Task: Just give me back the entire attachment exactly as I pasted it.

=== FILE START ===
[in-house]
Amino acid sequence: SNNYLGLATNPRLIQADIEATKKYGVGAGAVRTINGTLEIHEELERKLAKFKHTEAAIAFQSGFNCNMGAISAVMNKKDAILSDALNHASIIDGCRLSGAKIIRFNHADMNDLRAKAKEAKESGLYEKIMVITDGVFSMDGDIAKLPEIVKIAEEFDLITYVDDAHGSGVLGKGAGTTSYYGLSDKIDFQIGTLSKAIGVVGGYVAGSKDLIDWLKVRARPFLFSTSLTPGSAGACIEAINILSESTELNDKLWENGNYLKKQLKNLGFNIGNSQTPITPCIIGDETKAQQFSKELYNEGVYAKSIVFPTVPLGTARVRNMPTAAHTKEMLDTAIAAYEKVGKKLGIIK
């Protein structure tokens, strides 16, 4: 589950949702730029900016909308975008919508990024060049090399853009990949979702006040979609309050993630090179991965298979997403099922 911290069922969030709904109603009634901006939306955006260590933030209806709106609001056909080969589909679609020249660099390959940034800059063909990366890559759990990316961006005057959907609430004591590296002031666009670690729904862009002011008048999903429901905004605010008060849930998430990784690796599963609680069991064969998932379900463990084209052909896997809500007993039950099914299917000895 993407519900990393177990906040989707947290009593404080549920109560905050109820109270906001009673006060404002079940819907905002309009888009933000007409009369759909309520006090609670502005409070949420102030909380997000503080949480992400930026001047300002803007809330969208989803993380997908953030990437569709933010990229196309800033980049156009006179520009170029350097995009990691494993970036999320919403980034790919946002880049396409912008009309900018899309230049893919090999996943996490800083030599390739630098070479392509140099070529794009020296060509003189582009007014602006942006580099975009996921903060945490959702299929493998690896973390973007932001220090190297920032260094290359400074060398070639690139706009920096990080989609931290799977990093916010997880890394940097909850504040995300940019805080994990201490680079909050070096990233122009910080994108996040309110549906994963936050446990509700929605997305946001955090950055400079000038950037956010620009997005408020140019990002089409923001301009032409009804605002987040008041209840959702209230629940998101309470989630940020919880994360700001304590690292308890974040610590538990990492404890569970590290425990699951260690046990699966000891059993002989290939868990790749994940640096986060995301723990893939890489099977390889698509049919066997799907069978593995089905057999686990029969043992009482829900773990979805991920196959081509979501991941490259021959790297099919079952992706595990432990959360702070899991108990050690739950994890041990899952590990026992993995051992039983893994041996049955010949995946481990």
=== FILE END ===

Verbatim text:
[in-house]
Amino acid sequence: SNNYLGLATNPRLIQADIEATKKYGVGAGAVRTINGTLEIHEELERKLAKFKHTEAAIAFQSGFNCNMGAISAVMNKKDAILSDALNHASIIDGCRLSGAKIIRFNHADMNDLRAKAKEAKESGLYEKIMVITDGVFSMDGDIAKLPEIVKIAEEFDLITYVDDAHGSGVLGKGAGTTSYYGLSDKIDFQIGTLSKAIGVVGGYVAGSKDLIDWLKVRARPFLFSTSLTPGSAGACIEAINILSESTELNDKLWENGNYLKKQLKNLGFNIGNSQTPITPCIIGDETKAQQFSKELYNEGVYAKSIVFPTVPLGTARVRNMPTAAHTKEMLDTAIAAYEKVGKKLGIIK
């Protein structure tokens, strides 16, 4: 589950949702730029900016909308975008919508990024060049090399853009990949979702006040979609309050993630090179991965298979997403099922 911290069922969030709904109603009634901006939306955006260590933030209806709106609001056909080969589909679609020249660099390959940034800059063909990366890559759990990316961006005057959907609430004591590296002031666009670690729904862009002011008048999903429901905004605010008060849930998430990784690796599963609680069991064969998932379900463990084209052909896997809500007993039950099914299917000895 993407519900990393177990906040989707947290009593404080549920109560905050109820109270906001009673006060404002079940819907905002309009888009933000007409009369759909309520006090609670502005409070949420102030909380997000503080949480992400930026001047300002803007809330969208989803993380997908953030990437569709933010990229196309800033980049156009006179520009170029350097995009990691494993970036999320919403980034790919946002880049396409912008009309900018899309230049893919090999996943996490800083030599390739630098070479392509140099070529794009020296060509003189582009007014602006942006580099975009996921903060945490959702299929493998690896973390973007932001220090190297920032260094290359400074060398070639690139706009920096990080989609931290799977990093916010997880890394940097909850504040995300940019805080994990201490680079909050070096990233122009910080994108996040309110549906994963936050446990509700929605997305946001955090950055400079000038950037956010620009997005408020140019990002089409923001301009032409009804605002987040008041209840959702209230629940998101309470989630940020919880994360700001304590690292308890974040610590538990990492404890569970590290425990699951260690046990699966000891059993002989290939868990790749994940640096986060995301723990893939890489099977390889698509049919066997799907069978593995089905057999686990029969043992009482829900773990979805991920196959081509979501991941490259021959790297099919079952992706595990432990959360702070899991108990050690739950994890041990899952590990026992993995051992039983893994041996049955010949995946481990």